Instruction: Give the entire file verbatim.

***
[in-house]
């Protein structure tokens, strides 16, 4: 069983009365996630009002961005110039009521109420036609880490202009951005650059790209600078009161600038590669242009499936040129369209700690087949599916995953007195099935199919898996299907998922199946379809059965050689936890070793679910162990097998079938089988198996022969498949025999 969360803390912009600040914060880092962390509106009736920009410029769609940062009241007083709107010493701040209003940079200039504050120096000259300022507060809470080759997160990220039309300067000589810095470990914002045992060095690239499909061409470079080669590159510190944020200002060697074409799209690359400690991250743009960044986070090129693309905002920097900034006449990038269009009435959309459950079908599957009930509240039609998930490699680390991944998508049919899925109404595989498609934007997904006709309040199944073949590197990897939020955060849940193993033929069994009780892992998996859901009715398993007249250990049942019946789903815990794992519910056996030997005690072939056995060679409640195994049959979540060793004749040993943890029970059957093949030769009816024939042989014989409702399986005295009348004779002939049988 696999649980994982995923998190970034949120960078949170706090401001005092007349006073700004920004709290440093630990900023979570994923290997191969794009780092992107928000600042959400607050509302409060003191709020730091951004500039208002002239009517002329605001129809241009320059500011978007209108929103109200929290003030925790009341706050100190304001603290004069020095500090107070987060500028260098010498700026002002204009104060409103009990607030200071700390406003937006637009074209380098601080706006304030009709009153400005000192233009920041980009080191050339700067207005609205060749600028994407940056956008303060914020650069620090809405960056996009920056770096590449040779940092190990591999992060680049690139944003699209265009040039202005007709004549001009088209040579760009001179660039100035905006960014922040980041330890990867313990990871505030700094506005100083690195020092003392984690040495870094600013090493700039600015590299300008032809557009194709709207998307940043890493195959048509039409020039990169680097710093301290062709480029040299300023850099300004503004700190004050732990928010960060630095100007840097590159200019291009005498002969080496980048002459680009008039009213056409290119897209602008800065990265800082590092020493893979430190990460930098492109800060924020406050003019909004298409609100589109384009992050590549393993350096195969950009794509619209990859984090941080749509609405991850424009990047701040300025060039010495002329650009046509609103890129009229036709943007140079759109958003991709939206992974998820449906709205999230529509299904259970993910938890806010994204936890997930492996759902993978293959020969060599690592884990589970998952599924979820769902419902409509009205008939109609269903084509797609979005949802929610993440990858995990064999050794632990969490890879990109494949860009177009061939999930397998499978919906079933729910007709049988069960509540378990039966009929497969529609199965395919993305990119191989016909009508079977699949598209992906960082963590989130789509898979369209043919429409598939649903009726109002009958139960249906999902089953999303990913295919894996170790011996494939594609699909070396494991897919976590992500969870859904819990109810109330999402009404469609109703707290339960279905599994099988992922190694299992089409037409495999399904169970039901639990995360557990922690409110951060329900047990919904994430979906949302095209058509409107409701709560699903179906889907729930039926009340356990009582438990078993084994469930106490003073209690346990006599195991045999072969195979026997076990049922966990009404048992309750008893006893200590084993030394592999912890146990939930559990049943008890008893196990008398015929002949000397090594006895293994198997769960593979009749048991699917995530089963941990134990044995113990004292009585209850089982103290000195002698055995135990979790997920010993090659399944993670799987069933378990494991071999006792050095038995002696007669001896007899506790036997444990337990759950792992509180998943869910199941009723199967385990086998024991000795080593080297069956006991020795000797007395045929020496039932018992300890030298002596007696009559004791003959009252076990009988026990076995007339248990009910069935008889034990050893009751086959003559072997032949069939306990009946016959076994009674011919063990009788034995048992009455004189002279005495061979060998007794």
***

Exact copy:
[in-house]
């Protein structure tokens, strides 16, 4: 069983009365996630009002961005110039009521109420036609880490202009951005650059790209600078009161600038590669242009499936040129369209700690087949599916995953007195099935199919898996299907998922199946379809059965050689936890070793679910162990097998079938089988198996022969498949025999 969360803390912009600040914060880092962390509106009736920009410029769609940062009241007083709107010493701040209003940079200039504050120096000259300022507060809470080759997160990220039309300067000589810095470990914002045992060095690239499909061409470079080669590159510190944020200002060697074409799209690359400690991250743009960044986070090129693309905002920097900034006449990038269009009435959309459950079908599957009930509240039609998930490699680390991944998508049919899925109404595989498609934007997904006709309040199944073949590197990897939020955060849940193993033929069994009780892992998996859901009715398993007249250990049942019946789903815990794992519910056996030997005690072939056995060679409640195994049959979540060793004749040993943890029970059957093949030769009816024939042989014989409702399986005295009348004779002939049988 696999649980994982995923998190970034949120960078949170706090401001005092007349006073700004920004709290440093630990900023979570994923290997191969794009780092992107928000600042959400607050509302409060003191709020730091951004500039208002002239009517002329605001129809241009320059500011978007209108929103109200929290003030925790009341706050100190304001603290004069020095500090107070987060500028260098010498700026002002204009104060409103009990607030200071700390406003937006637009074209380098601080706006304030009709009153400005000192233009920041980009080191050339700067207005609205060749600028994407940056956008303060914020650069620090809405960056996009920056770096590449040779940092190990591999992060680049690139944003699209265009040039202005007709004549001009088209040579760009001179660039100035905006960014922040980041330890990867313990990871505030700094506005100083690195020092003392984690040495870094600013090493700039600015590299300008032809557009194709709207998307940043890493195959048509039409020039990169680097710093301290062709480029040299300023850099300004503004700190004050732990928010960060630095100007840097590159200019291009005498002969080496980048002459680009008039009213056409290119897209602008800065990265800082590092020493893979430190990460930098492109800060924020406050003019909004298409609100589109384009992050590549393993350096195969950009794509619209990859984090941080749509609405991850424009990047701040300025060039010495002329650009046509609103890129009229036709943007140079759109958003991709939206992974998820449906709205999230529509299904259970993910938890806010994204936890997930492996759902993978293959020969060599690592884990589970998952599924979820769902419902409509009205008939109609269903084509797609979005949802929610993440990858995990064999050794632990969490890879990109494949860009177009061939999930397998499978919906079933729910007709049988069960509540378990039966009929497969529609199965395919993305990119191989016909009508079977699949598209992906960082963590989130789509898979369209043919429409598939649903009726109002009958139960249906999902089953999303990913295919894996170790011996494939594609699909070396494991897919976590992500969870859904819990109810109330999402009404469609109703707290339960279905599994099988992922190694299992089409037409495999399904169970039901639990995360557990922690409110951060329900047990919904994430979906949302095209058509409107409701709560699903179906889907729930039926009340356990009582438990078993084994469930106490003073209690346990006599195991045999072969195979026997076990049922966990009404048992309750008893006893200590084993030394592999912890146990939930559990049943008890008893196990008398015929002949000397090594006895293994198997769960593979009749048991699917995530089963941990134990044995113990004292009585209850089982103290000195002698055995135990979790997920010993090659399944993670799987069933378990494991071999006792050095038995002696007669001896007899506790036997444990337990759950792992509180998943869910199941009723199967385990086998024991000795080593080297069956006991020795000797007395045929020496039932018992300890030298002596007696009559004791003959009252076990009988026990076995007339248990009910069935008889034990050893009751086959003559072997032949069939306990009946016959076994009674011919063990009788034995048992009455004189002279005495061979060998007794």